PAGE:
Nice post. This paper has lot of resources to connect recent work in archeology, and maybe linguistics, with those in genetics, in line with what you have done previously in this blog. I’d like to comment that in the archeological model of Lang/Parpola of Finnic languages spreading with Akozino warriortraders there are two suggested wave routes, a northern and a southern one, which you could take into account in a more detailed manner. They connect the southern with the spread of Finnic languages and the northern with the Saami languages, although at that point there is not so much difference… Read more »

Carlos Quiles

The problem with the recent shift of Parpola to later Balto-Finnic movements to the west in his writings is, basically, linguistic chronology, especially related to contacts with Indo-European languages. This Lang/Parpola model you mention, supporting continuity of the Volga-Kama region of Fatyanovo/Abashevo-derived cultures until Akozino, presupposes: 1) That there is some kind of continuity of CCC-derived groups in Fatyanovo-Abashevo, which is not going to be seen in genetics, except for the admixture with WHG-EHG groups. If you consider that amount of WHG-EHG admixture among Corded Ware peoples from Fatyanovo or Abashevo (in a proportion likely similar to that of Estonian… Read more »

Carlos Quiles

Besides, are not the more norhternly N-haplos closer to the Ugric ones in the N-haplotree?

Apparently, the N-L392 from Lovozero can’t be attributed to any subclades, but that doesn’t mean they are closer to Ugric ones. My guess is they are N1c-Z1936. The same for 0LS_10_1, which is supposedly N1c-L392, but it’s probably also N1c-VL29. It’s like finding samples “M269” in western Europe in the BA: it doesn’t mean they are M269*, they are most likely downstream from L51.

Marko
Marko

I’m agnostic on the CWC language issue, but do you know whether there is evidence for Indo-European habitation where these samples are from, i. e. north of the historic Latgalian area? As for evidence to the contrary:

http://www.gencat.cat/llengua/BTPL/ICOS2011/123.pdf

Carlos Quiles

Some commenter posted some names with potential Indo-European etymology of some rivers up to Ostrobothnia and western Finland, idk if it was from a published paper, but these ‘isolated’ findings are difficult to prove as IE, and when they are (and some certainly are) they are derived from known recent contacts with North Germanic dialects. The problem with topo-hydronymy is that, as in historical linguistics, you have to follow certain rules, and until recently this was not done properly IMHO. Topo-hydronymy in Fennoscandia is subject to the research asymmetry you can find between language families in historical linguistics: Uralicists know… Read more »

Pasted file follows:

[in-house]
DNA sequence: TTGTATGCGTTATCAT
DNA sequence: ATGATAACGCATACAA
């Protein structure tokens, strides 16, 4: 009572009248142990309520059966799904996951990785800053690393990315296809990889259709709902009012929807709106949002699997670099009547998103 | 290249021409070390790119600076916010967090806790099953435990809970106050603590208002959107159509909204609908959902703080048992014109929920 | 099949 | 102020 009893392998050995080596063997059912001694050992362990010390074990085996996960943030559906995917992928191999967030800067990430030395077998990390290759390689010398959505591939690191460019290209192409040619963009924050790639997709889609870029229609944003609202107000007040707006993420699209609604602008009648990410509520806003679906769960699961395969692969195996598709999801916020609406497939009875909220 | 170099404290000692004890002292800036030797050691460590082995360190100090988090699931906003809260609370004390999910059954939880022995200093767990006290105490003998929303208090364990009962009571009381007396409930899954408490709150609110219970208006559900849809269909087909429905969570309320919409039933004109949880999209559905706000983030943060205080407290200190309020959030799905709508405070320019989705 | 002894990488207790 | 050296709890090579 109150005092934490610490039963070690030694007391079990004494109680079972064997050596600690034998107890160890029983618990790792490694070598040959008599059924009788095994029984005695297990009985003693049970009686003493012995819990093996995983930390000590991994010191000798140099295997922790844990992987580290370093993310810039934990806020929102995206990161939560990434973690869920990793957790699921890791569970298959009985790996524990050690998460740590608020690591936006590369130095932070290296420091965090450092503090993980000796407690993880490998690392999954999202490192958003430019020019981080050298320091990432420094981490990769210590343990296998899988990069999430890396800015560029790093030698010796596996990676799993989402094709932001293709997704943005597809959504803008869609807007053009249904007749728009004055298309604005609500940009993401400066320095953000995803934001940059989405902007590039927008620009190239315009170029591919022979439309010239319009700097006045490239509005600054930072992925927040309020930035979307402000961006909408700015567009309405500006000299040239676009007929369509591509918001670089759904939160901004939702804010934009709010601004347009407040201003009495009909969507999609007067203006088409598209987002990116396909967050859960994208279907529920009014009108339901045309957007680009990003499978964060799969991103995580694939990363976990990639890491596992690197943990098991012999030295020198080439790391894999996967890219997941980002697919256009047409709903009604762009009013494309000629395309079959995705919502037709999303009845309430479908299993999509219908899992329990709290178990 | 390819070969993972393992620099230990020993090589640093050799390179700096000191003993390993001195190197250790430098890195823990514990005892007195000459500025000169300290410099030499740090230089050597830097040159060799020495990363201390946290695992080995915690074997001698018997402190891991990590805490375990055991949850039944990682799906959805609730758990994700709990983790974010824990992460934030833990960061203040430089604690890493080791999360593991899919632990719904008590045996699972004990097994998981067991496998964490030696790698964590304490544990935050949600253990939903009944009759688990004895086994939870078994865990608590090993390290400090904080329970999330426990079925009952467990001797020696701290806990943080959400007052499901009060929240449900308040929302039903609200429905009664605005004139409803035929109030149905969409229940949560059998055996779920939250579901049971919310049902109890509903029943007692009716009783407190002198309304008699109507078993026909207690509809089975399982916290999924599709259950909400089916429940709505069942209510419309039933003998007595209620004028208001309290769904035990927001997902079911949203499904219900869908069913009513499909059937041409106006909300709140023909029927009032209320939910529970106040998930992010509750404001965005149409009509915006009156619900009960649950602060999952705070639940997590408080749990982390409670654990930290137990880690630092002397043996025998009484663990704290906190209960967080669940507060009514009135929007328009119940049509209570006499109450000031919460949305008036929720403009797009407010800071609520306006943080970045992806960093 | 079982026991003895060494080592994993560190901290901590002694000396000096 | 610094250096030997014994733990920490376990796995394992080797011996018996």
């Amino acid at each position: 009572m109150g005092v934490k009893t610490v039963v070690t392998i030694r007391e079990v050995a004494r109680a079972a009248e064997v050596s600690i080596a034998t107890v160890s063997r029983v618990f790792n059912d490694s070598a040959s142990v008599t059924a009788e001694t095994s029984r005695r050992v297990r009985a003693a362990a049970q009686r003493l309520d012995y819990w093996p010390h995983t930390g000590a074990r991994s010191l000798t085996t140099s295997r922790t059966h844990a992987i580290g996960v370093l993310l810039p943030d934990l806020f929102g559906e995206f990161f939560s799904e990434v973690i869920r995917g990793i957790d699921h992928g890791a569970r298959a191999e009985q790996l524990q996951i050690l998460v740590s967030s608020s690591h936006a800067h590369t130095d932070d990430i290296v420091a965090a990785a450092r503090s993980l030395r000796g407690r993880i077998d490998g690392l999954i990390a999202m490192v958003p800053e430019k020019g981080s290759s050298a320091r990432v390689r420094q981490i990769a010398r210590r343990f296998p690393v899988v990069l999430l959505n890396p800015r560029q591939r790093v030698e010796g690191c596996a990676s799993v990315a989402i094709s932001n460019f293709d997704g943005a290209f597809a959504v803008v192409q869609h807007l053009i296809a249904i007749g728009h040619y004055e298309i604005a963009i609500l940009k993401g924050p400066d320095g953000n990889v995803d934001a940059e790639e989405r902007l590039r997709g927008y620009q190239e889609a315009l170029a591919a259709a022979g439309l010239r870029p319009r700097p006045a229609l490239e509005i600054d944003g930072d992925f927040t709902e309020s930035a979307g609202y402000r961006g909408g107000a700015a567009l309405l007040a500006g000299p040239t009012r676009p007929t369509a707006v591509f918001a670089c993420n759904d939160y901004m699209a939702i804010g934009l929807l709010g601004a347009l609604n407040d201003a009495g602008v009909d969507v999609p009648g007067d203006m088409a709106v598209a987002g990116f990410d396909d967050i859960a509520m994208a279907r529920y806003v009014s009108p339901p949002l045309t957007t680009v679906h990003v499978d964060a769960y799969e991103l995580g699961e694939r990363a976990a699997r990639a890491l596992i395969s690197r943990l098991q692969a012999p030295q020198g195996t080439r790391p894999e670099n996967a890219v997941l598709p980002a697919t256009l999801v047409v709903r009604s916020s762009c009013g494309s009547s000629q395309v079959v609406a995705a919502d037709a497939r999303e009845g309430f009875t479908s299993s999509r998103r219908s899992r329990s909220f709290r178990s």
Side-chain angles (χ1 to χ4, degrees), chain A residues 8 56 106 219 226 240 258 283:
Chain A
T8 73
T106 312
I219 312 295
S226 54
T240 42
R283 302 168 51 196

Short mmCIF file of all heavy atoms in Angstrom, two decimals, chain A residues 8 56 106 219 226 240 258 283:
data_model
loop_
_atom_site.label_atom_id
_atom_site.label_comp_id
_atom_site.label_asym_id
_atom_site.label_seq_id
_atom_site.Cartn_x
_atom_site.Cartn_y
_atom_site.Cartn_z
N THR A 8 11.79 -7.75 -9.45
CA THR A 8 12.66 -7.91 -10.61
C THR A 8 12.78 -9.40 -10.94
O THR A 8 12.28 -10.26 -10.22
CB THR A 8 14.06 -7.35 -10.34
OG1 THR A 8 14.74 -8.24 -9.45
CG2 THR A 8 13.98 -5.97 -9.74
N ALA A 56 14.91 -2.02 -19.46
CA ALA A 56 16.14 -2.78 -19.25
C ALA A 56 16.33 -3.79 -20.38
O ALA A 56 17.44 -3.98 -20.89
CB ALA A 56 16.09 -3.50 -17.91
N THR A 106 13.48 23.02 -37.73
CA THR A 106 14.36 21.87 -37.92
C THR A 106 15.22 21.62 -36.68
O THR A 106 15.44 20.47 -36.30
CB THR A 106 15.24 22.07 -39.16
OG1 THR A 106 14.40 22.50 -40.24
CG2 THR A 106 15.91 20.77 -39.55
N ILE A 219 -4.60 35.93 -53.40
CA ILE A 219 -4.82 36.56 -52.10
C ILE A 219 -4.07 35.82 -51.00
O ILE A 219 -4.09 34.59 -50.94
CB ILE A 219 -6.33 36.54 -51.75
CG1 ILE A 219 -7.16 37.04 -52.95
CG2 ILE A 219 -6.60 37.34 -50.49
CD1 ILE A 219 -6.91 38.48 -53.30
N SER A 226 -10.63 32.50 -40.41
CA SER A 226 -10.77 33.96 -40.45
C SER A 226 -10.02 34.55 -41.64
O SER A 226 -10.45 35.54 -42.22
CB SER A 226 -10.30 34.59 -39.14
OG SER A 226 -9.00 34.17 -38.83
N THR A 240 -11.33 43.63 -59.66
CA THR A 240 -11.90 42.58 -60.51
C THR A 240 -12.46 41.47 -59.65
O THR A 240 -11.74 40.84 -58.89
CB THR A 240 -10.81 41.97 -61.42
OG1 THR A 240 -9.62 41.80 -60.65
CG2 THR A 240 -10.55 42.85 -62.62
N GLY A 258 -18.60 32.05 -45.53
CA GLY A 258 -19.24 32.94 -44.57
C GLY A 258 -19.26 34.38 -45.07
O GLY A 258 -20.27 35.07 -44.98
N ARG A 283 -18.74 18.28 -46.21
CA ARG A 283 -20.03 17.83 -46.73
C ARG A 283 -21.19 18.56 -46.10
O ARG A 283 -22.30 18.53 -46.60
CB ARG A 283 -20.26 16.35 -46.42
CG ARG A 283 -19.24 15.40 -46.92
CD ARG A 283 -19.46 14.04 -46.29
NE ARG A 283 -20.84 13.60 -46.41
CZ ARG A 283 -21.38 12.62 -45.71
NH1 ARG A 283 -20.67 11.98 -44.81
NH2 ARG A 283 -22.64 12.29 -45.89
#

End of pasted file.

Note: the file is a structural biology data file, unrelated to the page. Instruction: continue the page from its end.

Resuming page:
Carlos Quiles

Interesting talk by Martin Joachim Kümmel, Early Indo-Iranic loans in Uralic: Sounds and strata:

https://www.academia.edu/39082307/Early_Indo-Iranic_loans_in_Uralic_Sounds_and_strata

Workshop “Archaeology, genetics, languages. Joining forces to shed light on early contacts (4000 BC 1000 AD) between Indo-European and Uralic speakers”, Helsinki, 8.-10. Mai 2019: Early Indo-Iranic loans in Uralic: Sounds and strata.

Carlos Quiles

Also interesting is the slight change from Estonian LBA to IA samples, which shows an increase in Corded Ware-related ancestry, more generalized than the “Nganasan-like” one: From 48%-68% Gyvakarai1 in the Bronze Age, to 57%-77% Gyvakarai1 in the Iron Age. The ‘south-western’ shift in the PCA cluster is evident in that regard, with IA getting closer to CW Baltic/Sredni Stog. I wonder how much of this shift is from the Middle Volga, and how much from the interaction of peoples across the whole Baltic region, because we know of eastward movements in the western Baltic… There is still the question… Read more »

Grzegorz Brzęczyszczykiewicz
Grzegorz Brzęczyszczykiewicz

Hello, your favourite hater here. You are wrong in everything, but this last map is really interesting. In our polish(ed) model, (proto)Balts are the latest arrivals from the east on the Baltic coast (early Iron Age, only Russia’s Kaliningrad and Poland north-east region, without Lithuania & Latvia). It is interesting, however, that the culture of West Baltic Barrow (Milograd’s migrants) , Milograd, Ananino and Karasuk used identical ceramics with round bottoms, very archaic and gradually degraded to cult functions. And all these cultures lie in the southern edge of the area you coloured in blue, quite far from each other… Read more »

Observeers
Observeers

The Middle Ages Estonian 0LS03, the one with Nganasan ancestry, carries R1a.

Carlos Quiles

Thank you, I added this info.